Sep 282012

Photo: Fairlight Hubbard

We have a busy weekend in store here in Denver–lots of great live music happening, with both local and touring acts–from new A&M Octone signees Churchill to indie-folk artist Mindy Smith, and others. Here are just a few of the more promising shows to see this weekend.


Local reggae act P-Nuckle is headlining tonight at Herman’s Hideaway, 1578 S. Broadway in Denver. Also appearing are Anxious, Something Underground, Birch Street and O.T.I.S. Tickets range from $10 General Admission to $120 VIP packages, available from Herman’s. Doors at 7:00 PM; music starts at 7:30. Ages 21+.


Denver folk-rock band Churchill¬†(recently signed to A&M Octone) are playing a two-night stint at the Bluebird Theater, 3317 E. Colfax in Denver. Sept. 29 was sold out, but Bluebird reportedly has released a few more tickets at press time. Opening acts for Saturday include You, Me & Apollo and JJ Matott and the Arctic; Sunday’s openers are Barcelona and Navy. Tickets are $10-$15 each, available through Bluebird Theater. Doors at 8:00 PM Saturday, 7:00 PM Sunday. Ages 16+.


Indie-roots band Dispatch is making a tour stop at 1stBank Center, 14450 Broomfield Lane in Broomfield. Opening the show is Good Old War. Tickets are $46 advance, $50 day of show, available from TicketHorse. Service fees may apply. Doors at 7:00 PM; show starts at 8:00. This is an all-ages show! (NOTE: Dispatch’s scheduled Sept. 28 show was rolled over into Sept. 29, and all tickets purchased for Sept. 28 will be honored.)


Local indie-rockers The Say So will be having a farewell show at The Marquis Theater, 2009 Larimer in downtown Denver. Opening acts include Vetta Star, Viretta and Hear Me Out. Tickets are $8 advance, $10 day of show, available from Soda Jerk Presents. Doors at 7:00 PM. This is an all-ages show!


Americana singer/songwriter Mindy Smith (made famous by her cover of Dolly Parton’s “Jolene” and hits “Come To Jesus” and “If I Didn’t Know Any Better”) will be making a tour stop at Swallow Hill’s Daniels Hall, 70 E. Yale in Denver. Opening the show is Peter Bradley Adams. Tickets are $22 advance, $24 day of show, available from Swallow Hill. Discount available for Swallow Hill Members. Show starts at 7:00 PM. This is an all-ages show!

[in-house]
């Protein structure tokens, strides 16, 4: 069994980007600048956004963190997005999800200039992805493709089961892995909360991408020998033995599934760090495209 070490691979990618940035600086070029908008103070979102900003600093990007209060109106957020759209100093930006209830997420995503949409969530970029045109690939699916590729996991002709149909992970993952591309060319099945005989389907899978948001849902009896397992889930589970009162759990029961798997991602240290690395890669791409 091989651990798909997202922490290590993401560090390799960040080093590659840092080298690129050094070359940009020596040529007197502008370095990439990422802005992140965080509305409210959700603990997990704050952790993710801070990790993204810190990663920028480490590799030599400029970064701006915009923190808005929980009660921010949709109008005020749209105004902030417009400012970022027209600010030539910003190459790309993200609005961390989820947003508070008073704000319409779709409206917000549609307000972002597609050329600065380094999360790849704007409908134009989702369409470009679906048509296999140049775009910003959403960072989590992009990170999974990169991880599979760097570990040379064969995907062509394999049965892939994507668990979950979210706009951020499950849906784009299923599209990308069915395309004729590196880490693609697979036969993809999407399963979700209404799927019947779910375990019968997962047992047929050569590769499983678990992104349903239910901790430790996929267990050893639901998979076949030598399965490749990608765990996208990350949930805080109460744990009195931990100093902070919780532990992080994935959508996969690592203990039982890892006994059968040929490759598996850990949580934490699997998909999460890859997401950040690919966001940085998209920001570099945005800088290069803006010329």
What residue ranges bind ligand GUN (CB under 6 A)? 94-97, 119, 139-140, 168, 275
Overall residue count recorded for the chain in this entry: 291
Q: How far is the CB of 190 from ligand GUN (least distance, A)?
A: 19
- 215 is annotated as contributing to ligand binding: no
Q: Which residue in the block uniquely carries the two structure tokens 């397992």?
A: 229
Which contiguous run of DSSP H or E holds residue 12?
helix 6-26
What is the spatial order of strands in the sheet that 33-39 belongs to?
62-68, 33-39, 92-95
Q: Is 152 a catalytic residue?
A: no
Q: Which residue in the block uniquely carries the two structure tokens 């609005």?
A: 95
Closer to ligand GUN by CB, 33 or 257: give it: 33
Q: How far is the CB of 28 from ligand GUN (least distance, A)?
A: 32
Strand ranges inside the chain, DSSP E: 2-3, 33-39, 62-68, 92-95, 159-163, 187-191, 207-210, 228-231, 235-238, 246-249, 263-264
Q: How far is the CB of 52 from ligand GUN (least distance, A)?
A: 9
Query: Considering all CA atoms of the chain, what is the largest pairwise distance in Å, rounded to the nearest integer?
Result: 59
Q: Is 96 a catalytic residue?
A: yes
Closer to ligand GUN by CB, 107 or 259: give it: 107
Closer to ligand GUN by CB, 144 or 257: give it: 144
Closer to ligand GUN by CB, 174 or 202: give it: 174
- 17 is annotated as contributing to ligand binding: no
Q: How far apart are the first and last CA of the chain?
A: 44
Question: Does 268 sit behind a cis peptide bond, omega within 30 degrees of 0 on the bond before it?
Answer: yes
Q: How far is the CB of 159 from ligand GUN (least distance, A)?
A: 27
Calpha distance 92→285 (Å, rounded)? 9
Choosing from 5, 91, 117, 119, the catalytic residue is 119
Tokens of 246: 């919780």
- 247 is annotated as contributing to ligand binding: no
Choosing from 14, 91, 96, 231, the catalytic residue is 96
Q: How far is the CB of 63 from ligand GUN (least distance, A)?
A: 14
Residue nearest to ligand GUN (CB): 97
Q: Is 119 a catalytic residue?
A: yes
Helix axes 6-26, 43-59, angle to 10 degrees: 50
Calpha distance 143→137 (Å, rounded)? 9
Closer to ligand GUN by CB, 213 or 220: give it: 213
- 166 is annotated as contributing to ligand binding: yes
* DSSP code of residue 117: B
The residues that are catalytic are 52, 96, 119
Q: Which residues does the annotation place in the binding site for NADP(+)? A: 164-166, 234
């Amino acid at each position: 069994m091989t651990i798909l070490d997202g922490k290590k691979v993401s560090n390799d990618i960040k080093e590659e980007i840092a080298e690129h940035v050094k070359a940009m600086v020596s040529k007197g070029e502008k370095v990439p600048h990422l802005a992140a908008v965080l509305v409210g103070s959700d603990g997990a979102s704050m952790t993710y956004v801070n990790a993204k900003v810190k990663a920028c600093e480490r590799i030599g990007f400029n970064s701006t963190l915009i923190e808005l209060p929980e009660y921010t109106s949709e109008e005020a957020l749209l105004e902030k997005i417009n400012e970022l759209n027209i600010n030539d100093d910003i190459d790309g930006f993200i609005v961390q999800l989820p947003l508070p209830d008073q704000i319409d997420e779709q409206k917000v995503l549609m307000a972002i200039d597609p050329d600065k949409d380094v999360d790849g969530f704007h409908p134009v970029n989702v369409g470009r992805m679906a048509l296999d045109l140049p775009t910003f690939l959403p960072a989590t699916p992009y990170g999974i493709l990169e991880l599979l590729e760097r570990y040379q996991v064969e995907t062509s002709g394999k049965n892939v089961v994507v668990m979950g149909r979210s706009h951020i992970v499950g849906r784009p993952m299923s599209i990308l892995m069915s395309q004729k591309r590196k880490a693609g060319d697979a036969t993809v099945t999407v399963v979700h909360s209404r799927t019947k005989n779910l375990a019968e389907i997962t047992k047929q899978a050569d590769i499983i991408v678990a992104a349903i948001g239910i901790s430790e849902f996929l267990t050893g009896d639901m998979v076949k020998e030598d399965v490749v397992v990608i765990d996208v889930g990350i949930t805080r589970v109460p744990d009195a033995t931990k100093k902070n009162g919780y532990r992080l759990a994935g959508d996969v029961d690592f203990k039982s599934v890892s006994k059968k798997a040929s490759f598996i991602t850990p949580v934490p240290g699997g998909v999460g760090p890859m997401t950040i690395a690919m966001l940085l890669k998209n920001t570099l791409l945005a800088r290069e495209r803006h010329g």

Here’s a video of Mindy Smith’s latest single “Closer” to tide you over. Have a great weekend!

Jun 142012

I first mentioned husband-and-wife duo Glowing House about a year and a half ago, when I reviewed a record that was two years old back then. After a long wait, this Denver folk act has released their new album Days Run Out–and I can tell you, it was worth the wait.

I had the privilege of interviewing Jess Parsons and Steve Varney recently for an article on During that interview, they shared that they were originally two solo singer/songwriters who began joining each other on gigs, and the forming of Glowing House (and the marriage) seemed a natural evolution. Even so, they told me, their first album The Annual Demise of Every Aspen was essentially put together as a hodgepodge of songs each solo artist had brought to the table without much thought as to a collective band dynamic.

With Days Run Out, however, the merger is complete, so to speak. Not only is the overall sound of the album much more uniform, but the record shows exponential growth for both artists. They have arrived on a combination that is greater than the sum of its parts. Most of the record was recorded in an old church building, which only adds to its ambience.

Don’t look for a lot of “toe-tappers” here; the songs of Glowing House are more about reflection and thought and feeling. But there’s a raw beauty in their music that captured me the first time I heard them play, and their songs grow a little bit more on me every time I hear them. I was already familiar with most of the tunes on Days because I’m a frequent visitor to their live sets around Denver, but when I heard those opening harmonies on the first track “All That Matters,” I got chills.

Glowing House is currently streaming the new album for free on Bandcamp. (I’ve embedded a couple of my favorite tunes below.) If you like what you hear, pay the moolah and download this record. This is definitely a band worth hearing, and worth adding to your collection.

Apr 162012

It’s rather surprising that Dan Craig even has time these days to put out a new record. Besides being one of Denver’s premiere singer/songwriters, he’s also a med student, a husband, and recently a new father.

Actually, though, this gem of an EP, In Dust Bowls, already had the groundwork laid for it. According to Craig, this project (a collaboration with producer/engineer Jamie Mefford) was started and shelved several times over the past several years, and the current project has been basically complete for about a year. It just seemed that now was the right time to finish it up and release it.

In Dust Bowls is quite a digression from Dan Craig’s last project Alchemy (reviewed here)–a much more reflective, downtempo effort, with an atmospheric, almost dreamy quality to it (if acoustic folk can be thought of as “dreamy”, then this is what it sounds like). The six songs in progression tell a story of love lost, and found again, and for that reason the songs are best heard together in sequence, rather than individually.

I’ve given this record several spins now, and I like it more and more each time. Dan’s melodies are contagious, his lyricism creative and thought-provoking. In Dust Bowls has been a long time coming, but I for one am glad it is here.

Dan has permitted me to share the first track “Down My Legs” below. If you like it and want to hear more, the record is currently available as a download from Dan’s Bandcamp site, or from iTunes.

Dan Craig: “Down My Legs”

Dec 242011